The athletes competing in the London Olympics right now are facing a problem many of us would love to have. Getting enough calories to keep from losing critical body weight.
You see, an Olympic athlete may burn up to 6,000 calories—in just four hours. And the best way to replenish what they’ve burned is to eat a lot of calorie-dense foods.
Here’s a sampling of what some of these athletes might consume in order to “refuel”:
- One pound of pasta with olive oil (800 calories)
- One dozen whole eggs (800 calories)
- One pint of ice cream (1,000 calories)
- One large cheese pizza (2,000 calories)
Some of these foods are things we might not typically consider “healthy.” But when you’re on a quest for calories, one can eat only so many “healthy” foods. For instance, a bowl of oatmeal only contains 150 calories. And a 6 oz. salmon filet has about 300. It’s simply not enough to make up for the deficit these athletes face due to their vigorous workouts. So for a human body that is continually active, a calorie-dense diet makes sense.
But most of us aren’t Olympic athletes. And we don’t need the massive amounts of calories they do.
In fact, most of us can and must do with far less.
But that doesn’t necessarily mean you have to always deny yourself the pleasure of a nice bowl of pasta, a dish of ice cream, or a slice of pizza…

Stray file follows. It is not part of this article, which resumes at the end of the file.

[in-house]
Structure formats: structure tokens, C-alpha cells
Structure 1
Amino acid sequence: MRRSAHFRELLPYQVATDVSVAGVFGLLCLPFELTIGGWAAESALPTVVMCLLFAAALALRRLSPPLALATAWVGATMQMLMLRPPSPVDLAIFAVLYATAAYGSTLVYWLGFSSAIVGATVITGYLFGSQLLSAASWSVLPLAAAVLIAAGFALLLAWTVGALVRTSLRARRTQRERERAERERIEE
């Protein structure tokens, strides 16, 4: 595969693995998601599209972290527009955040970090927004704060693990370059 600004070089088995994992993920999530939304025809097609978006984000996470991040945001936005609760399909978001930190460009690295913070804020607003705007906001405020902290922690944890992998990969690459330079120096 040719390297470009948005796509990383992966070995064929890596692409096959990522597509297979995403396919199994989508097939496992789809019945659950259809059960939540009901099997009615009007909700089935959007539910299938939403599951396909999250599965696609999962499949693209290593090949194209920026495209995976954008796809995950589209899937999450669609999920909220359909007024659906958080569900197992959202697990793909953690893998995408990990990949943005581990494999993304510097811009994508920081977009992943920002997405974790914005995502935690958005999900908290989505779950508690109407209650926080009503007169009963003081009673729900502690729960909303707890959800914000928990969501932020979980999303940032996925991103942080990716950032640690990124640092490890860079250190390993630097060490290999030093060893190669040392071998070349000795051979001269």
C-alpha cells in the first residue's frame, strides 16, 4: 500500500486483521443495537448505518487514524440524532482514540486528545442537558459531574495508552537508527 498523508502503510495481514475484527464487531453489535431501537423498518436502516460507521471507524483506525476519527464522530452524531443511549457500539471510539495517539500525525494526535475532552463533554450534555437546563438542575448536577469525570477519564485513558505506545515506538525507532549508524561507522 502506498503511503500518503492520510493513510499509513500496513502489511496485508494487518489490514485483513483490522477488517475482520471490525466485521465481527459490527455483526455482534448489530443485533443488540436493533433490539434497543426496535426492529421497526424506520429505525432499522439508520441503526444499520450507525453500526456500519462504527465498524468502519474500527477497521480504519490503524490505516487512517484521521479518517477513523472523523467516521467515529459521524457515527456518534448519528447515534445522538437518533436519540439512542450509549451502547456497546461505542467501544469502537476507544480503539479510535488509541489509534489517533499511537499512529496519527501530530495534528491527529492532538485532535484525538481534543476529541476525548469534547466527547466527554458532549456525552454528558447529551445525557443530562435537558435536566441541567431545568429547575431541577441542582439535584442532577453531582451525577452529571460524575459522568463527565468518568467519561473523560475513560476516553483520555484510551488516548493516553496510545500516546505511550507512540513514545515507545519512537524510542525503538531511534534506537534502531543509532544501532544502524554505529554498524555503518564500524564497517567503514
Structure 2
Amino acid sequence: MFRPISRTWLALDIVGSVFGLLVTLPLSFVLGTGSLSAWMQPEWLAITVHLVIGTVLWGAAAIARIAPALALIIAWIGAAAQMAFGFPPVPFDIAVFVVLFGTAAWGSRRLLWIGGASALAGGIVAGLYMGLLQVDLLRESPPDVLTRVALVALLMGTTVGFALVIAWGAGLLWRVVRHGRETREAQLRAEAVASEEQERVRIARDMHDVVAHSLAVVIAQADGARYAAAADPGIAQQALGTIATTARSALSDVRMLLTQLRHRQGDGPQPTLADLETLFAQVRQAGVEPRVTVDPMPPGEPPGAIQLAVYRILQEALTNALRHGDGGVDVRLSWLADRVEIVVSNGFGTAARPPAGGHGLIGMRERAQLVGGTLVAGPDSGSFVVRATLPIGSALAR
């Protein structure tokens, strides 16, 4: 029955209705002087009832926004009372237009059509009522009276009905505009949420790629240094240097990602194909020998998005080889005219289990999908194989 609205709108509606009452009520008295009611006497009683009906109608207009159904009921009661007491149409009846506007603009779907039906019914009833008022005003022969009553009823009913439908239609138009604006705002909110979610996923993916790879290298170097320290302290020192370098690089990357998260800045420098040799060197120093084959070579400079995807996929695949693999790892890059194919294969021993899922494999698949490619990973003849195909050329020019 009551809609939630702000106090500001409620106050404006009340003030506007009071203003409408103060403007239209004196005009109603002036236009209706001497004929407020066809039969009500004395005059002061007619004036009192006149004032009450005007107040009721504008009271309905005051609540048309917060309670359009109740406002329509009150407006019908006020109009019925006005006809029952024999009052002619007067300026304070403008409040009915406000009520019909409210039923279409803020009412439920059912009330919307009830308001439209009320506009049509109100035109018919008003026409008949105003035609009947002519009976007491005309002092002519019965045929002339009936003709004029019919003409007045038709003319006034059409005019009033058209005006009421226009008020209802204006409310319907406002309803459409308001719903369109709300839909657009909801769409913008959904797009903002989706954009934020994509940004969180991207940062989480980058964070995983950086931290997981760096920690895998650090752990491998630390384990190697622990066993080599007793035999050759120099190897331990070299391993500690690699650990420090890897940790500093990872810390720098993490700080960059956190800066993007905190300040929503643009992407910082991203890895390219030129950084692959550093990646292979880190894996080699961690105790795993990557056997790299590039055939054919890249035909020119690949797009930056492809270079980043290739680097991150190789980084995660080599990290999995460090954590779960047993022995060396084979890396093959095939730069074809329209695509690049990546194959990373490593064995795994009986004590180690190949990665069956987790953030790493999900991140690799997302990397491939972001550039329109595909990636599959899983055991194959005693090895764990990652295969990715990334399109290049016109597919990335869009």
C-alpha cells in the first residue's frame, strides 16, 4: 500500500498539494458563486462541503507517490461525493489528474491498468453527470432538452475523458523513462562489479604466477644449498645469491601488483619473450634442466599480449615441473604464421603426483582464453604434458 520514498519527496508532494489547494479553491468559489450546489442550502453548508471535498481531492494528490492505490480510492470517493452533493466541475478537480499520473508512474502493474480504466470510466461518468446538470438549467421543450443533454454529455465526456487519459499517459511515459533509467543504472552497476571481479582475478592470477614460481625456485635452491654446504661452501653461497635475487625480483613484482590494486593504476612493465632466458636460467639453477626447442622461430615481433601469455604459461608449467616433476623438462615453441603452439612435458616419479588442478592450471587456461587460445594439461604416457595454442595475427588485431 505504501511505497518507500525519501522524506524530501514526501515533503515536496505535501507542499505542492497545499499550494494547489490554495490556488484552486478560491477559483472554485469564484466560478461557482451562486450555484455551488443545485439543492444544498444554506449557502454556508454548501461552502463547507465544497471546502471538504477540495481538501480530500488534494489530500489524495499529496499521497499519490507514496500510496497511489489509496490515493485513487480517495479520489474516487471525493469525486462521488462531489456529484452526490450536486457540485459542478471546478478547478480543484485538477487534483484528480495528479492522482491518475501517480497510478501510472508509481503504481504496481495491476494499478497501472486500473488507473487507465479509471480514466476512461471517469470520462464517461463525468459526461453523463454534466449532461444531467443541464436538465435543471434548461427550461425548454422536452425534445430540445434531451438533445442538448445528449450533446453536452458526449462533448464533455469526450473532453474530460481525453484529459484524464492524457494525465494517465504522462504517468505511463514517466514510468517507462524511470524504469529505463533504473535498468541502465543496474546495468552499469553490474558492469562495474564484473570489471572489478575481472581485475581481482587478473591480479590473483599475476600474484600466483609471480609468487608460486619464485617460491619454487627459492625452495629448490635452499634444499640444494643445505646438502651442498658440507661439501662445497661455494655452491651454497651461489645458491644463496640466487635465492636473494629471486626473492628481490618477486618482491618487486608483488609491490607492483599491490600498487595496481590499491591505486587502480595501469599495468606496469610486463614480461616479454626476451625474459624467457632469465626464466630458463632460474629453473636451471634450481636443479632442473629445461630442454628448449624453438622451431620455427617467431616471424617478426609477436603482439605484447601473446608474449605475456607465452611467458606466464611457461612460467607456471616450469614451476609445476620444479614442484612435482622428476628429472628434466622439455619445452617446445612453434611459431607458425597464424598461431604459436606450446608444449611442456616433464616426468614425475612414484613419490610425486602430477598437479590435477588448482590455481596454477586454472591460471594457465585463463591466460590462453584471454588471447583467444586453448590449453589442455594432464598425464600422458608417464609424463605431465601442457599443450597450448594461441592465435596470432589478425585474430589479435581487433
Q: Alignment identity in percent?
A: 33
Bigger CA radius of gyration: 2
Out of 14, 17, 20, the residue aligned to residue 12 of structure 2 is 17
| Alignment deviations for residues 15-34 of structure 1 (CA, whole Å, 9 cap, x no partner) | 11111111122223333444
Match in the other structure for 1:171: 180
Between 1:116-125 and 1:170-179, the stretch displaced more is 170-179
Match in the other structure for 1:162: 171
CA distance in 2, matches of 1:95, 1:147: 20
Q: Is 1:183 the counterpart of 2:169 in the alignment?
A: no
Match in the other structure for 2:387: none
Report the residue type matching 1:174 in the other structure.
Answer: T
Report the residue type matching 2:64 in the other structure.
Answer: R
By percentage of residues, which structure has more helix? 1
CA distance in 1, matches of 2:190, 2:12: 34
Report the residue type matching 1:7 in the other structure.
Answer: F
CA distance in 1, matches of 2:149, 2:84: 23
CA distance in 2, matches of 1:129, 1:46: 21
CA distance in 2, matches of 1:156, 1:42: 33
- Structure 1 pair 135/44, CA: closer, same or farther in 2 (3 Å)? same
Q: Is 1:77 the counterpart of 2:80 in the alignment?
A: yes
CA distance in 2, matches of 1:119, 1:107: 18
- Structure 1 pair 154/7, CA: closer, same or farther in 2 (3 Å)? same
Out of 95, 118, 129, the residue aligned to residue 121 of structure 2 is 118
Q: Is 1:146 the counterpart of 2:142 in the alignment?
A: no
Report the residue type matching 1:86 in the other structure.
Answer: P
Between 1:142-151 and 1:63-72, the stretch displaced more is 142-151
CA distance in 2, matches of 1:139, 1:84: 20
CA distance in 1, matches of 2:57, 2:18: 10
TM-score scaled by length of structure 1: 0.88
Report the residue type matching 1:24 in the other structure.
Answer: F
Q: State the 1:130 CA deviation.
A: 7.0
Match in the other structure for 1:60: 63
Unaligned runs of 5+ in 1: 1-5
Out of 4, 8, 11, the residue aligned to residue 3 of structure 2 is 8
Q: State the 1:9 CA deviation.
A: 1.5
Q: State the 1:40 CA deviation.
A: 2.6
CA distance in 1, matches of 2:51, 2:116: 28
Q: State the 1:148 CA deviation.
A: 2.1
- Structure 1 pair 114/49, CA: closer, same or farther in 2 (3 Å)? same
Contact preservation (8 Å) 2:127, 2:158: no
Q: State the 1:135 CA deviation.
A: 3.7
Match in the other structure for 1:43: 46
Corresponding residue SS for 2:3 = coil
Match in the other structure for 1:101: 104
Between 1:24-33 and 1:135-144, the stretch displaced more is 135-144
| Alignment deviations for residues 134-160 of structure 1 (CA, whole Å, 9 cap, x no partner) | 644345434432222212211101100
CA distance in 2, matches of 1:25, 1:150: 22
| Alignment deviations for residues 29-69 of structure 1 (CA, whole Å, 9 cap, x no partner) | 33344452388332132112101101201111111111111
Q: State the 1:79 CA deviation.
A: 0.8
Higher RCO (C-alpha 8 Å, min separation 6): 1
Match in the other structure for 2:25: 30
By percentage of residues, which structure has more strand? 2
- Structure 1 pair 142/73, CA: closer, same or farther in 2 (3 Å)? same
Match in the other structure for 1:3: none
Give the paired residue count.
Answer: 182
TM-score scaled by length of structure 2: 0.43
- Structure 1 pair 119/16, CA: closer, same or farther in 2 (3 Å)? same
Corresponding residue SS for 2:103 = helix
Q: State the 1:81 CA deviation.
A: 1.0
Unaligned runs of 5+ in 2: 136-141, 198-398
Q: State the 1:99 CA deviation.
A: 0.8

We hear a lot of concerns about foods that make you gain weight. And even a lot of nonsense about foods that make you lose weight. But nothing beats the simple mathematical reality of calories in, calories out.
At its core, this simple formula has nothing to do with fats, proteins, or carbs. (As I’ve mentioned before, fats are not always the enemy.) And the secret to weight loss success also has nothing to do with Atkins, the Mediterranean, or grapefruits.
The overwhelming body of science continues to show that ANY diet will result in weight loss if you take in fewer calories than you burn.
Which means you can indulge in some of those calorie-dense “treats.” In moderation.
But don’t forget that physical activity is the other half of the “calories in, calories out” equation. If you’re not doing something to burn those calories—whether they come from a sundae or a salmon filet—you won’t lose weight.
If you burn more calories (from any source) than you eat, you lose weight. If you eat more than you burn, you gain weight. Plain and simple.
Oh, and one more note about the benefits of exercise: According to the U.S. Olympic Committee, trainers sometimes have trouble getting athletes to eat because they would rather sleep. So physical activity isn’t just a good solution for obesity, but for insomnia as well. (As is watching the Olympics on television on NBC—at least from my personal experience.)